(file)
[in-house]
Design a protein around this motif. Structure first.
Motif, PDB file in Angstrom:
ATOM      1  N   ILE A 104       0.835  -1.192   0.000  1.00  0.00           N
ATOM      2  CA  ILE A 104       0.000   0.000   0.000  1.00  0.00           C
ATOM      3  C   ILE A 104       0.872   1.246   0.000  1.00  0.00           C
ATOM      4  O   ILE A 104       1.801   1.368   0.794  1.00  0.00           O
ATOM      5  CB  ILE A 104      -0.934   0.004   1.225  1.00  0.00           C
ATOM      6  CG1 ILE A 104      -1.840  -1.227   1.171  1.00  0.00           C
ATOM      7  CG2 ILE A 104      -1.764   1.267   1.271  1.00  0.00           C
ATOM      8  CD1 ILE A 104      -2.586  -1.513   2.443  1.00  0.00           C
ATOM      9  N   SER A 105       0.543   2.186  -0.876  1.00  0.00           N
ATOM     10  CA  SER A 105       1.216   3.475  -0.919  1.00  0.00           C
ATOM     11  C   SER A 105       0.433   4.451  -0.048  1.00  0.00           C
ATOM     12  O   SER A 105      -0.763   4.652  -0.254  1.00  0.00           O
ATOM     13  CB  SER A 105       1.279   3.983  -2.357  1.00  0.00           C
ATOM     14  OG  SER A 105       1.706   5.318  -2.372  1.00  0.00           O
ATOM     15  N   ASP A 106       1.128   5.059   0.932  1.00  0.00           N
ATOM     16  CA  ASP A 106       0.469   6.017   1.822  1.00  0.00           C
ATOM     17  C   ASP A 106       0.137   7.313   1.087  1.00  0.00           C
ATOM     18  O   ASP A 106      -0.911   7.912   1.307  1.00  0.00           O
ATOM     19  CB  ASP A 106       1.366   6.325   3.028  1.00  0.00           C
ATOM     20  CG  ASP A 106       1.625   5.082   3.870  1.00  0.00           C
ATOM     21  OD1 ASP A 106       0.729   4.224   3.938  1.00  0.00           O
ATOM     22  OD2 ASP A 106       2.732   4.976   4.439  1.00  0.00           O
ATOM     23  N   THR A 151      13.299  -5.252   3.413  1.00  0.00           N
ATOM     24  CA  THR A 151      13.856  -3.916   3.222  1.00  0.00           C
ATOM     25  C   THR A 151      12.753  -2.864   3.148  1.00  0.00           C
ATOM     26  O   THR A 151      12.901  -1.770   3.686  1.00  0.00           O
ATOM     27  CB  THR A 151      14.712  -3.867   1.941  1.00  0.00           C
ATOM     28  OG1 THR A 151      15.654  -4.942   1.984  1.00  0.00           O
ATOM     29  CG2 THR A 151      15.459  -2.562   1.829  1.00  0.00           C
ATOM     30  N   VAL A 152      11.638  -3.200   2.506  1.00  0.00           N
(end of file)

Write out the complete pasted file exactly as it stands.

[in-house]
Design a protein around this motif. Structure first.
Motif, PDB file in Angstrom:
ATOM      1  N   ILE A 104       0.835  -1.192   0.000  1.00  0.00           N
ATOM      2  CA  ILE A 104       0.000   0.000   0.000  1.00  0.00           C
ATOM      3  C   ILE A 104       0.872   1.246   0.000  1.00  0.00           C
ATOM      4  O   ILE A 104       1.801   1.368   0.794  1.00  0.00           O
ATOM      5  CB  ILE A 104      -0.934   0.004   1.225  1.00  0.00           C
ATOM      6  CG1 ILE A 104      -1.840  -1.227   1.171  1.00  0.00           C
ATOM      7  CG2 ILE A 104      -1.764   1.267   1.271  1.00  0.00           C
ATOM      8  CD1 ILE A 104      -2.586  -1.513   2.443  1.00  0.00           C
ATOM      9  N   SER A 105       0.543   2.186  -0.876  1.00  0.00           N
ATOM     10  CA  SER A 105       1.216   3.475  -0.919  1.00  0.00           C
ATOM     11  C   SER A 105       0.433   4.451  -0.048  1.00  0.00           C
ATOM     12  O   SER A 105      -0.763   4.652  -0.254  1.00  0.00           O
ATOM     13  CB  SER A 105       1.279   3.983  -2.357  1.00  0.00           C
ATOM     14  OG  SER A 105       1.706   5.318  -2.372  1.00  0.00           O
ATOM     15  N   ASP A 106       1.128   5.059   0.932  1.00  0.00           N
ATOM     16  CA  ASP A 106       0.469   6.017   1.822  1.00  0.00           C
ATOM     17  C   ASP A 106       0.137   7.313   1.087  1.00  0.00           C
ATOM     18  O   ASP A 106      -0.911   7.912   1.307  1.00  0.00           O
ATOM     19  CB  ASP A 106       1.366   6.325   3.028  1.00  0.00           C
ATOM     20  CG  ASP A 106       1.625   5.082   3.870  1.00  0.00           C
ATOM     21  OD1 ASP A 106       0.729   4.224   3.938  1.00  0.00           O
ATOM     22  OD2 ASP A 106       2.732   4.976   4.439  1.00  0.00           O
ATOM     23  N   THR A 151      13.299  -5.252   3.413  1.00  0.00           N
ATOM     24  CA  THR A 151      13.856  -3.916   3.222  1.00  0.00           C
ATOM     25  C   THR A 151      12.753  -2.864   3.148  1.00  0.00           C
ATOM     26  O   THR A 151      12.901  -1.770   3.686  1.00  0.00           O
ATOM     27  CB  THR A 151      14.712  -3.867   1.941  1.00  0.00           C
ATOM     28  OG1 THR A 151      15.654  -4.942   1.984  1.00  0.00           O
ATOM     29  CG2 THR A 151      15.459  -2.562   1.829  1.00  0.00           C
ATOM     30  N   VAL A 152      11.638  -3.200   2.506  1.00  0.00           N